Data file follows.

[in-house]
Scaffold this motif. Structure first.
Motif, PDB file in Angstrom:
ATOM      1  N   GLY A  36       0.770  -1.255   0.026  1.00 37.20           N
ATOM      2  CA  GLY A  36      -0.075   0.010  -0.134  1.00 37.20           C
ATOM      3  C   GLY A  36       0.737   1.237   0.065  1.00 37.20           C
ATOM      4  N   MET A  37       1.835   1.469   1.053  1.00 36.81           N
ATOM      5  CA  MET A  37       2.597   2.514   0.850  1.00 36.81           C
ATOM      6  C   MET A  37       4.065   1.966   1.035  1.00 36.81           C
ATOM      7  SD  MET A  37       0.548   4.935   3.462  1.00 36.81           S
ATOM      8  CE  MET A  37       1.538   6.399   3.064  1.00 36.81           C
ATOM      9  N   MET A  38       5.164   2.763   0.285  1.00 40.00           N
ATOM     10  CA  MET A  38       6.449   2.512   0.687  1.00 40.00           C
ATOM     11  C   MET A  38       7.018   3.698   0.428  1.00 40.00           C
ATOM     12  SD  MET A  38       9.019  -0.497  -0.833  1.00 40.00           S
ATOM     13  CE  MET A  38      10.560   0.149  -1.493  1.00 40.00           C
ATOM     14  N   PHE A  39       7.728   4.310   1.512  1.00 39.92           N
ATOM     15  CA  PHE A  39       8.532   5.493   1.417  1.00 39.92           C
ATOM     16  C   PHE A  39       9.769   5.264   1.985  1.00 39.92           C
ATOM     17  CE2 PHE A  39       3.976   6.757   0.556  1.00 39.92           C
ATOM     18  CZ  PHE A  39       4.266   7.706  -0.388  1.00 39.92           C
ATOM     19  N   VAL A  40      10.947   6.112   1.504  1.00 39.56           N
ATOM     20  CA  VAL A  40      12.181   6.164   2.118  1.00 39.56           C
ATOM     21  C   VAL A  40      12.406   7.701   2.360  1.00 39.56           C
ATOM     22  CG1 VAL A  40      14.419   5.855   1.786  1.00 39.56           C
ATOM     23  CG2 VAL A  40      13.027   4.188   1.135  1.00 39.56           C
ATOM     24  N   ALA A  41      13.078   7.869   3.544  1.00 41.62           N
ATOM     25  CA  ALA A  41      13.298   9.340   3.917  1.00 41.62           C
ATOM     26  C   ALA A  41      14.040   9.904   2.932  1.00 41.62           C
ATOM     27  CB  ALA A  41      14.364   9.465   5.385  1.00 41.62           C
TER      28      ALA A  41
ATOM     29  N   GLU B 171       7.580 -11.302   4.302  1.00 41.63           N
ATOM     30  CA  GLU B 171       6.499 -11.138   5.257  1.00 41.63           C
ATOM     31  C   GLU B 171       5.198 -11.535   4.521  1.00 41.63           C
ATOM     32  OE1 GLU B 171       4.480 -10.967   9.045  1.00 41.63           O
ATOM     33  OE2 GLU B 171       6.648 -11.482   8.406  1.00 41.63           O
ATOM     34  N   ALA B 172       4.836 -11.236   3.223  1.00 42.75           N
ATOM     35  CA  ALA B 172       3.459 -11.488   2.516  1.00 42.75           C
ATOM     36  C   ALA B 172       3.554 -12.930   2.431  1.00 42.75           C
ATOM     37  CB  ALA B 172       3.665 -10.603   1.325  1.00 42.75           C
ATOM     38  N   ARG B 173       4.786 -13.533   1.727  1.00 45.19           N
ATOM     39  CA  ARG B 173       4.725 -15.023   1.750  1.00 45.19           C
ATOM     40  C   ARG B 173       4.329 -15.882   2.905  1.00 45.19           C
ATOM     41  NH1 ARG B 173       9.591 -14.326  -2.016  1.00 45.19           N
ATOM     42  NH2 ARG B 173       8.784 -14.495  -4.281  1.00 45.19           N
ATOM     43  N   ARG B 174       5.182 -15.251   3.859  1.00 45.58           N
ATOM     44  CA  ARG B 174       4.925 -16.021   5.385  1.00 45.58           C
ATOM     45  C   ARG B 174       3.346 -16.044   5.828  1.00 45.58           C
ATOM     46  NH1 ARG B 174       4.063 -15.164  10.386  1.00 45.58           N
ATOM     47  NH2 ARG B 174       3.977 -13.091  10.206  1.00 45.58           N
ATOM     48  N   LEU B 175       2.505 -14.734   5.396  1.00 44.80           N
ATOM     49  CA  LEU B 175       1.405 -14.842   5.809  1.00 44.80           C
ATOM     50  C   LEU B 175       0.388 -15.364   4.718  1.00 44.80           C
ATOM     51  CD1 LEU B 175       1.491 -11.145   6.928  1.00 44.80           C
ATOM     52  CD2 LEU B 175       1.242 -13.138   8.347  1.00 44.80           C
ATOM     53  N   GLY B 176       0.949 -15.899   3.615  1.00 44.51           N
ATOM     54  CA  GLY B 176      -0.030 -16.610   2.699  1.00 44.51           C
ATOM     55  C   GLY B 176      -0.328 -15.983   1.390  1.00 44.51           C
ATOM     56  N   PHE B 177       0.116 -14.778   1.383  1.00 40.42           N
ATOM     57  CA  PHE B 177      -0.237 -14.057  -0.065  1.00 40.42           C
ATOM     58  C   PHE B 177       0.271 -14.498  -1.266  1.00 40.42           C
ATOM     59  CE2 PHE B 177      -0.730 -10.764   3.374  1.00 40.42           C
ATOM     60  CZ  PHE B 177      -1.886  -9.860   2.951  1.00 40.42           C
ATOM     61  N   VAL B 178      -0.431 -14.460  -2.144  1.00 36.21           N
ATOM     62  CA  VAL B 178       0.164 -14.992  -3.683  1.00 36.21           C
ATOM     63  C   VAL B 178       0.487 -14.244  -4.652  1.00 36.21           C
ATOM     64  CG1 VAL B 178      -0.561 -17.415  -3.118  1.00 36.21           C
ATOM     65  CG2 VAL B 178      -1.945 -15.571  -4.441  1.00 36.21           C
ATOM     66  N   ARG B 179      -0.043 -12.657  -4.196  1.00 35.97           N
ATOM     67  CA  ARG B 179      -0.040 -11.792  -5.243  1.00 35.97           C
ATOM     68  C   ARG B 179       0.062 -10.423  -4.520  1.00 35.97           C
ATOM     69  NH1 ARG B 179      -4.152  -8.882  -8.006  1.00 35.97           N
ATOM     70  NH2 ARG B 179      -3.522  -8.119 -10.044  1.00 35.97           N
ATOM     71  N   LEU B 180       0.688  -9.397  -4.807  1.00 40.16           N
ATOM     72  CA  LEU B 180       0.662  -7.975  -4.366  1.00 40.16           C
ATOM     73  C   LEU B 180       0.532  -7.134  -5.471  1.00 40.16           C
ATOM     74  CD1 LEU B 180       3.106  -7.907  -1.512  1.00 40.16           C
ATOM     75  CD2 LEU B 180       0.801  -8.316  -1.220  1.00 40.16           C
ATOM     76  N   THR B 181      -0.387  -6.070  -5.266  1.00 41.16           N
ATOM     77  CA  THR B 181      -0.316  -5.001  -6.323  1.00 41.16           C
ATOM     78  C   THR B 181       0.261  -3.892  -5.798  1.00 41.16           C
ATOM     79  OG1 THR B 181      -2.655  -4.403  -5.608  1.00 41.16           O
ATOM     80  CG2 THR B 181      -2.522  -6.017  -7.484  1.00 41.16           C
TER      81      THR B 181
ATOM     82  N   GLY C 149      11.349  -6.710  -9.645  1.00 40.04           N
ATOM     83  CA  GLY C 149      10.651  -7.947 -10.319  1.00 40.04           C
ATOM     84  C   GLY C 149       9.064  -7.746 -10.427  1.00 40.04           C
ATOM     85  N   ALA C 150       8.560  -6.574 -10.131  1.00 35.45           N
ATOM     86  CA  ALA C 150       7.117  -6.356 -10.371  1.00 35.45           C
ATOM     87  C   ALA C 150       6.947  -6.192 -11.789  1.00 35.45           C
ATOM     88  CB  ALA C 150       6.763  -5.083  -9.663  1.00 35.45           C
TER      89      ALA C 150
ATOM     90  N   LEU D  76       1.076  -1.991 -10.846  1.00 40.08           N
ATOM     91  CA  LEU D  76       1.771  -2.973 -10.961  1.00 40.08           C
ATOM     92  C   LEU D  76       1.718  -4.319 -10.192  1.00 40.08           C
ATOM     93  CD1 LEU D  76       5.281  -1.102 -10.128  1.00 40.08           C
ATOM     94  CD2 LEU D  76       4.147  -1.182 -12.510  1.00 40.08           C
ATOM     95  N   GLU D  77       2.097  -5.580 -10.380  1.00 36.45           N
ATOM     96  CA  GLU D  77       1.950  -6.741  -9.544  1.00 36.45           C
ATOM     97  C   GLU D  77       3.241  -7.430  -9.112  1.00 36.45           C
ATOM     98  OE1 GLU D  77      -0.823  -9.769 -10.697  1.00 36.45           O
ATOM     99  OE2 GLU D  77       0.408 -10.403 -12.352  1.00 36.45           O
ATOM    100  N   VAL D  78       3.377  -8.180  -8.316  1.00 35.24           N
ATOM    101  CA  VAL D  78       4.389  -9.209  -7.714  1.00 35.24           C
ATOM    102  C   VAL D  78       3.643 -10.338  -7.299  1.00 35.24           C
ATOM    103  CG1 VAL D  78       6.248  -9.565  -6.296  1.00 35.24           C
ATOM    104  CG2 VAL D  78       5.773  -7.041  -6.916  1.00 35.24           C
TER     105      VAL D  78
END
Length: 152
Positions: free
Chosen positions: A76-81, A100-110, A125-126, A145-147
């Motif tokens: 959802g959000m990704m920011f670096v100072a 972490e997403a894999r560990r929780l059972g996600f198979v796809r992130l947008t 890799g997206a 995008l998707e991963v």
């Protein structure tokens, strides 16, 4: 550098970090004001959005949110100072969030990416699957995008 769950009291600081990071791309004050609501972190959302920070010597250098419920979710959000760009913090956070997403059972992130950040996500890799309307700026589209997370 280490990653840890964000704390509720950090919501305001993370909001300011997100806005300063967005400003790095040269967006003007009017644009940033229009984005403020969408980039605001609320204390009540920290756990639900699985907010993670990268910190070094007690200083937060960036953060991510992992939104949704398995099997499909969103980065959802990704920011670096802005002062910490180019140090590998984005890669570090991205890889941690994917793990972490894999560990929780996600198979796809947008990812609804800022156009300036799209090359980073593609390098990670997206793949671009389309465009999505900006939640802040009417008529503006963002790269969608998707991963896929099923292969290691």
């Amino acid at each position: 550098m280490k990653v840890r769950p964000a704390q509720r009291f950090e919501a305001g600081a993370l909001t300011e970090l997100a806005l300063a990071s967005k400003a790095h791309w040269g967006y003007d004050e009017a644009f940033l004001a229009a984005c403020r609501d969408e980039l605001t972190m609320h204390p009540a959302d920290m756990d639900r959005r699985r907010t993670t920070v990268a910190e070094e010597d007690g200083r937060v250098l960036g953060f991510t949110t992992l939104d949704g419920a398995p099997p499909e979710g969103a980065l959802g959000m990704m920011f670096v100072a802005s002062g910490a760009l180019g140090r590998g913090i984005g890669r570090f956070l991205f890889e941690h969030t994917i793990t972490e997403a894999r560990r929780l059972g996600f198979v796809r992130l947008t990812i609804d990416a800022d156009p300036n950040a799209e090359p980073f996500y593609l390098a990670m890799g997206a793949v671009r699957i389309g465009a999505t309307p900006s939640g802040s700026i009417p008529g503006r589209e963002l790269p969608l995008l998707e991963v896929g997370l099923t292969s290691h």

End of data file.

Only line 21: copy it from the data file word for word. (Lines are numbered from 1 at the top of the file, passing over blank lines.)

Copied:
ATOM     18  CZ  PHE A  39       4.266   7.706  -0.388  1.00 39.92           C